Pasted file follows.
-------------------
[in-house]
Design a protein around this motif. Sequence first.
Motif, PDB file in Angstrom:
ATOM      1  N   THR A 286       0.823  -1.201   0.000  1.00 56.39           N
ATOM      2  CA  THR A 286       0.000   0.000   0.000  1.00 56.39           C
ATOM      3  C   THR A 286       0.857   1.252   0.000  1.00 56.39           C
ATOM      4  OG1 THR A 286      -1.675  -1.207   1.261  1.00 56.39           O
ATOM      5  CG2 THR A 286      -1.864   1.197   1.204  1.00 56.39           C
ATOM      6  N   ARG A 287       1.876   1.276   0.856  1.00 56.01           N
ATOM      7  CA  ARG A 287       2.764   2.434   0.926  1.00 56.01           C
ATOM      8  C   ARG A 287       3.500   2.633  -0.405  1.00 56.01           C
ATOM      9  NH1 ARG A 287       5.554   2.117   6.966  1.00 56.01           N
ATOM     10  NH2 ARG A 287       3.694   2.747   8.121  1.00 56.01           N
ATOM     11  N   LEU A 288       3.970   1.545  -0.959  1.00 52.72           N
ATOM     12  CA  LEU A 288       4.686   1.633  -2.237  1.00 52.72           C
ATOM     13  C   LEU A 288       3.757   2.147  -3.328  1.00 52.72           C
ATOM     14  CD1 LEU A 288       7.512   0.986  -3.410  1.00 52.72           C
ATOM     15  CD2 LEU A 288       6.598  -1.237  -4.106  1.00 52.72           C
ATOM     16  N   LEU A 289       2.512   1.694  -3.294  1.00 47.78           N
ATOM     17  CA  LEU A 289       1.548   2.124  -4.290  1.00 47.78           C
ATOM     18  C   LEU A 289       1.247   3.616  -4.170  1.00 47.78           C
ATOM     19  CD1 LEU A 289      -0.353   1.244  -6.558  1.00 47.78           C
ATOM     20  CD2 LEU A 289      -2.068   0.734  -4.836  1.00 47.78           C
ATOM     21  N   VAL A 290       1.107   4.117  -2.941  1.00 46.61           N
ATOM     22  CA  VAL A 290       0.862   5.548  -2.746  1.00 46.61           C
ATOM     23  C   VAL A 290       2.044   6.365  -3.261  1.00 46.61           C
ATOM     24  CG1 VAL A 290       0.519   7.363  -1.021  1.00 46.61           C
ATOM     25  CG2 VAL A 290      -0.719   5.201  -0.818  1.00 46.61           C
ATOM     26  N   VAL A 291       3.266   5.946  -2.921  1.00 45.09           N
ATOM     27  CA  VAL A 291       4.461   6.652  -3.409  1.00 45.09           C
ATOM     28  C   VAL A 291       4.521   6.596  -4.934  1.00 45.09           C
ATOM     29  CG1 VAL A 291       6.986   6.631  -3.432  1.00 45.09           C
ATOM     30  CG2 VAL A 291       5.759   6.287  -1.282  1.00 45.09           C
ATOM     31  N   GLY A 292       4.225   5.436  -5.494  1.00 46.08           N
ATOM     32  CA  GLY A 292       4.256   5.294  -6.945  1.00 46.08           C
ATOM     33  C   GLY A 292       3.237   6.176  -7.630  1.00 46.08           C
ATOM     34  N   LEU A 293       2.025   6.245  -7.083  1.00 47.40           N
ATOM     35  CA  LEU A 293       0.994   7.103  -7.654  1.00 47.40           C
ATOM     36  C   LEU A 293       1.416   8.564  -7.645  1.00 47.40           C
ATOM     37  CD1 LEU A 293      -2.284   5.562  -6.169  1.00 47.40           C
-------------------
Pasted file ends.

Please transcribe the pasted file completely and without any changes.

[in-house]
Design a protein around this motif. Sequence first.
Motif, PDB file in Angstrom:
ATOM      1  N   THR A 286       0.823  -1.201   0.000  1.00 56.39           N
ATOM      2  CA  THR A 286       0.000   0.000   0.000  1.00 56.39           C
ATOM      3  C   THR A 286       0.857   1.252   0.000  1.00 56.39           C
ATOM      4  OG1 THR A 286      -1.675  -1.207   1.261  1.00 56.39           O
ATOM      5  CG2 THR A 286      -1.864   1.197   1.204  1.00 56.39           C
ATOM      6  N   ARG A 287       1.876   1.276   0.856  1.00 56.01           N
ATOM      7  CA  ARG A 287       2.764   2.434   0.926  1.00 56.01           C
ATOM      8  C   ARG A 287       3.500   2.633  -0.405  1.00 56.01           C
ATOM      9  NH1 ARG A 287       5.554   2.117   6.966  1.00 56.01           N
ATOM     10  NH2 ARG A 287       3.694   2.747   8.121  1.00 56.01           N
ATOM     11  N   LEU A 288       3.970   1.545  -0.959  1.00 52.72           N
ATOM     12  CA  LEU A 288       4.686   1.633  -2.237  1.00 52.72           C
ATOM     13  C   LEU A 288       3.757   2.147  -3.328  1.00 52.72           C
ATOM     14  CD1 LEU A 288       7.512   0.986  -3.410  1.00 52.72           C
ATOM     15  CD2 LEU A 288       6.598  -1.237  -4.106  1.00 52.72           C
ATOM     16  N   LEU A 289       2.512   1.694  -3.294  1.00 47.78           N
ATOM     17  CA  LEU A 289       1.548   2.124  -4.290  1.00 47.78           C
ATOM     18  C   LEU A 289       1.247   3.616  -4.170  1.00 47.78           C
ATOM     19  CD1 LEU A 289      -0.353   1.244  -6.558  1.00 47.78           C
ATOM     20  CD2 LEU A 289      -2.068   0.734  -4.836  1.00 47.78           C
ATOM     21  N   VAL A 290       1.107   4.117  -2.941  1.00 46.61           N
ATOM     22  CA  VAL A 290       0.862   5.548  -2.746  1.00 46.61           C
ATOM     23  C   VAL A 290       2.044   6.365  -3.261  1.00 46.61           C
ATOM     24  CG1 VAL A 290       0.519   7.363  -1.021  1.00 46.61           C
ATOM     25  CG2 VAL A 290      -0.719   5.201  -0.818  1.00 46.61           C
ATOM     26  N   VAL A 291       3.266   5.946  -2.921  1.00 45.09           N
ATOM     27  CA  VAL A 291       4.461   6.652  -3.409  1.00 45.09           C
ATOM     28  C   VAL A 291       4.521   6.596  -4.934  1.00 45.09           C
ATOM     29  CG1 VAL A 291       6.986   6.631  -3.432  1.00 45.09           C
ATOM     30  CG2 VAL A 291       5.759   6.287  -1.282  1.00 45.09           C
ATOM     31  N   GLY A 292       4.225   5.436  -5.494  1.00 46.08           N
ATOM     32  CA  GLY A 292       4.256   5.294  -6.945  1.00 46.08           C
ATOM     33  C   GLY A 292       3.237   6.176  -7.630  1.00 46.08           C
ATOM     34  N   LEU A 293       2.025   6.245  -7.083  1.00 47.40           N
ATOM     35  CA  LEU A 293       0.994   7.103  -7.654  1.00 47.40           C
ATOM     36  C   LEU A 293       1.416   8.564  -7.645  1.00 47.40           C
ATOM     37  CD1 LEU A 293      -2.284   5.562  -6.169  1.00 47.40           C